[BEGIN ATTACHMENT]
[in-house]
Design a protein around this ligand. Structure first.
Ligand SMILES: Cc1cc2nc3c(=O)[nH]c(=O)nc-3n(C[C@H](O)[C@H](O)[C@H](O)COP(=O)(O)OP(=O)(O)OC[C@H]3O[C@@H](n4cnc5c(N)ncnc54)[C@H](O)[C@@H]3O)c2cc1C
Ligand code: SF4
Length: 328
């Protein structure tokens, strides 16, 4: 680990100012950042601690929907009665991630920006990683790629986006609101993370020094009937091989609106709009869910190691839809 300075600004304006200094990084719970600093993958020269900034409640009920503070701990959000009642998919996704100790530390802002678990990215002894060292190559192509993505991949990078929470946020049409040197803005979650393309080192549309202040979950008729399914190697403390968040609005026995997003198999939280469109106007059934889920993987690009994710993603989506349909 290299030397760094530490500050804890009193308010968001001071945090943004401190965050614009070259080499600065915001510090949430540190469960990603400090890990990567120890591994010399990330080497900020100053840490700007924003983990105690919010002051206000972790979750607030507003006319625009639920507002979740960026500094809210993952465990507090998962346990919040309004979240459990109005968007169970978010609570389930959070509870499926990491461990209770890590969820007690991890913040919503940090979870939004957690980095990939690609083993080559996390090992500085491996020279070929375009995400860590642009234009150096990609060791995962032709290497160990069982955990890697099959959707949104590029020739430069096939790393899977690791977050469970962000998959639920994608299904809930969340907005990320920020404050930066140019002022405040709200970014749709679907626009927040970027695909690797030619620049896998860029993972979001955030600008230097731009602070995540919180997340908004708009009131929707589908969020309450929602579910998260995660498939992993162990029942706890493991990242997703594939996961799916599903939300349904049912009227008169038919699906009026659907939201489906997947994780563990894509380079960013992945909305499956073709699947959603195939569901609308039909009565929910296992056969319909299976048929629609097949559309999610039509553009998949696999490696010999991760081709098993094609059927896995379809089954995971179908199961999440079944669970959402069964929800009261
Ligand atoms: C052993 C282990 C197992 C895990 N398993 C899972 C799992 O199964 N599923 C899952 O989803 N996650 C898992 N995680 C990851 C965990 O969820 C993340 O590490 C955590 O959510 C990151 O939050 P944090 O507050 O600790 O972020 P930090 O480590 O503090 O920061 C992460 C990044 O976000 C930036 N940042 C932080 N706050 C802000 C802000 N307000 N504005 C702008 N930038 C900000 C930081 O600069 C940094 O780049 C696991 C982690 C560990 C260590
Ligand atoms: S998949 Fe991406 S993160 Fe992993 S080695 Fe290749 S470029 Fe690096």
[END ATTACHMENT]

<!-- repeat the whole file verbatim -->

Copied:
[in-house]
Design a protein around this ligand. Structure first.
Ligand SMILES: Cc1cc2nc3c(=O)[nH]c(=O)nc-3n(C[C@H](O)[C@H](O)[C@H](O)COP(=O)(O)OP(=O)(O)OC[C@H]3O[C@@H](n4cnc5c(N)ncnc54)[C@H](O)[C@@H]3O)c2cc1C
Ligand code: SF4
Length: 328
């Protein structure tokens, strides 16, 4: 680990100012950042601690929907009665991630920006990683790629986006609101993370020094009937091989609106709009869910190691839809 300075600004304006200094990084719970600093993958020269900034409640009920503070701990959000009642998919996704100790530390802002678990990215002894060292190559192509993505991949990078929470946020049409040197803005979650393309080192549309202040979950008729399914190697403390968040609005026995997003198999939280469109106007059934889920993987690009994710993603989506349909 290299030397760094530490500050804890009193308010968001001071945090943004401190965050614009070259080499600065915001510090949430540190469960990603400090890990990567120890591994010399990330080497900020100053840490700007924003983990105690919010002051206000972790979750607030507003006319625009639920507002979740960026500094809210993952465990507090998962346990919040309004979240459990109005968007169970978010609570389930959070509870499926990491461990209770890590969820007690991890913040919503940090979870939004957690980095990939690609083993080559996390090992500085491996020279070929375009995400860590642009234009150096990609060791995962032709290497160990069982955990890697099959959707949104590029020739430069096939790393899977690791977050469970962000998959639920994608299904809930969340907005990320920020404050930066140019002022405040709200970014749709679907626009927040970027695909690797030619620049896998860029993972979001955030600008230097731009602070995540919180997340908004708009009131929707589908969020309450929602579910998260995660498939992993162990029942706890493991990242997703594939996961799916599903939300349904049912009227008169038919699906009026659907939201489906997947994780563990894509380079960013992945909305499956073709699947959603195939569901609308039909009565929910296992056969319909299976048929629609097949559309999610039509553009998949696999490696010999991760081709098993094609059927896995379809089954995971179908199961999440079944669970959402069964929800009261
Ligand atoms: C052993 C282990 C197992 C895990 N398993 C899972 C799992 O199964 N599923 C899952 O989803 N996650 C898992 N995680 C990851 C965990 O969820 C993340 O590490 C955590 O959510 C990151 O939050 P944090 O507050 O600790 O972020 P930090 O480590 O503090 O920061 C992460 C990044 O976000 C930036 N940042 C932080 N706050 C802000 C802000 N307000 N504005 C702008 N930038 C900000 C930081 O600069 C940094 O780049 C696991 C982690 C560990 C260590
Ligand atoms: S998949 Fe991406 S993160 Fe992993 S080695 Fe290749 S470029 Fe690096």